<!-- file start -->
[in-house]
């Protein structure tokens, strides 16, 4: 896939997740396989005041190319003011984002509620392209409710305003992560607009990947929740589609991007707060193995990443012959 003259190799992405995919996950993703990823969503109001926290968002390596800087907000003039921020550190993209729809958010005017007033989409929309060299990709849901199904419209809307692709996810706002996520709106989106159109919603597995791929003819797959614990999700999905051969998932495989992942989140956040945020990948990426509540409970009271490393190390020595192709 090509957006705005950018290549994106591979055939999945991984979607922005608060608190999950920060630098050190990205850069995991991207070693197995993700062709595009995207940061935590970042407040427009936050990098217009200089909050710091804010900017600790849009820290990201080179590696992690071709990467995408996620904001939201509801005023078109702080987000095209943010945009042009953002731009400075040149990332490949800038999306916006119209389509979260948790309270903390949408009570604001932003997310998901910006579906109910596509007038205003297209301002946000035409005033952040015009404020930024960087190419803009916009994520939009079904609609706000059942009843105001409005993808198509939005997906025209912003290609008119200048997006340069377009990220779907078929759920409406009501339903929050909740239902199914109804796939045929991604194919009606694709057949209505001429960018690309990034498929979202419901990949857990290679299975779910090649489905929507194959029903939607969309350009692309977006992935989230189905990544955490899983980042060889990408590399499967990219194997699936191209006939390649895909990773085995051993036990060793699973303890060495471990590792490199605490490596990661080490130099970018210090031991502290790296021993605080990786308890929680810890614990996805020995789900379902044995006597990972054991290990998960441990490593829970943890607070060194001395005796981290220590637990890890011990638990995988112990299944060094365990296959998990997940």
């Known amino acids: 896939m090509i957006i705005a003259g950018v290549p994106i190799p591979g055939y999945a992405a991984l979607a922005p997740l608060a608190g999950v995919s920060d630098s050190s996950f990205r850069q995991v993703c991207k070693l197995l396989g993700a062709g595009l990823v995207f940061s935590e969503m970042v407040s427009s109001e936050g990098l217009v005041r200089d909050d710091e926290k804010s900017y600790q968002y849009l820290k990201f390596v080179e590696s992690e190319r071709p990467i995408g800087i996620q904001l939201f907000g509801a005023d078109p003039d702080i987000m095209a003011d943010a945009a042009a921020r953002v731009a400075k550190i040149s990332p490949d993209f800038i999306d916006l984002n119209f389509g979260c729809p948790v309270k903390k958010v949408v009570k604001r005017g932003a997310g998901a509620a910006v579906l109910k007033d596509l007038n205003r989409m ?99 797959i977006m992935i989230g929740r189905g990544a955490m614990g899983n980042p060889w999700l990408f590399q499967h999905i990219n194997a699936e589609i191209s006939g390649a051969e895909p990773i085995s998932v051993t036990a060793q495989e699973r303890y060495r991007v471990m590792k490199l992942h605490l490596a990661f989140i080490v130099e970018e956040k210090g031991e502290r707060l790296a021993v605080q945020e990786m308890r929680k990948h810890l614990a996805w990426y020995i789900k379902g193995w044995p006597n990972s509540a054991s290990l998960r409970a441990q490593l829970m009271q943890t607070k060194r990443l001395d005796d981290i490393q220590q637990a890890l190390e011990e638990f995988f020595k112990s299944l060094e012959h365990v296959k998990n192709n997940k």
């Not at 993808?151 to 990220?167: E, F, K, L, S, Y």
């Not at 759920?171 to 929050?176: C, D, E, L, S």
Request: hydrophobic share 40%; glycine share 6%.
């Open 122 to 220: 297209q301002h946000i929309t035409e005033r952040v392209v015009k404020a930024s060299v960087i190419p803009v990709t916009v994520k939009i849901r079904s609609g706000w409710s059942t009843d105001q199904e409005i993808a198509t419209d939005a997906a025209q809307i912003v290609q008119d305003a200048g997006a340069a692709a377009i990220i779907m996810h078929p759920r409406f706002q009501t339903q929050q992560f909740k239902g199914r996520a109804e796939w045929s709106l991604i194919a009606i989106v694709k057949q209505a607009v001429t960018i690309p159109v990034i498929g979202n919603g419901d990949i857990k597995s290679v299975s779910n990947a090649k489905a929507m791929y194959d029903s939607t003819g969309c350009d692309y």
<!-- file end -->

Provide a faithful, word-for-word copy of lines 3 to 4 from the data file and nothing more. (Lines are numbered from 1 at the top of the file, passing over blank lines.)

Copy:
């Known amino acids: 896939m090509i957006i705005a003259g950018v290549p994106i190799p591979g055939y999945a992405a991984l979607a922005p997740l608060a608190g999950v995919s920060d630098s050190s996950f990205r850069q995991v993703c991207k070693l197995l396989g993700a062709g595009l990823v995207f940061s935590e969503m970042v407040s427009s109001e936050g990098l217009v005041r200089d909050d710091e926290k804010s900017y600790q968002y849009l820290k990201f390596v080179e590696s992690e190319r071709p990467i995408g800087i996620q904001l939201f907000g509801a005023d078109p003039d702080i987000m095209a003011d943010a945009a042009a921020r953002v731009a400075k550190i040149s990332p490949d993209f800038i999306d916006l984002n119209f389509g979260c729809p948790v309270k903390k958010v949408v009570k604001r005017g932003a997310g998901a509620a910006v579906l109910k007033d596509l007038n205003r989409m ?99 797959i977006m992935i989230g929740r189905g990544a955490m614990g899983n980042p060889w999700l990408f590399q499967h999905i990219n194997a699936e589609i191209s006939g390649a051969e895909p990773i085995s998932v051993t036990a060793q495989e699973r303890y060495r991007v471990m590792k490199l992942h605490l490596a990661f989140i080490v130099e970018e956040k210090g031991e502290r707060l790296a021993v605080q945020e990786m308890r929680k990948h810890l614990a996805w990426y020995i789900k379902g193995w044995p006597n990972s509540a054991s290990l998960r409970a441990q490593l829970m009271q943890t607070k060194r990443l001395d005796d981290i490393q220590q637990a890890l190390e011990e638990f995988f020595k112990s299944l060094e012959h365990v296959k998990n192709n997940k």
């Not at 993808?151 to 990220?167: E, F, K, L, S, Y």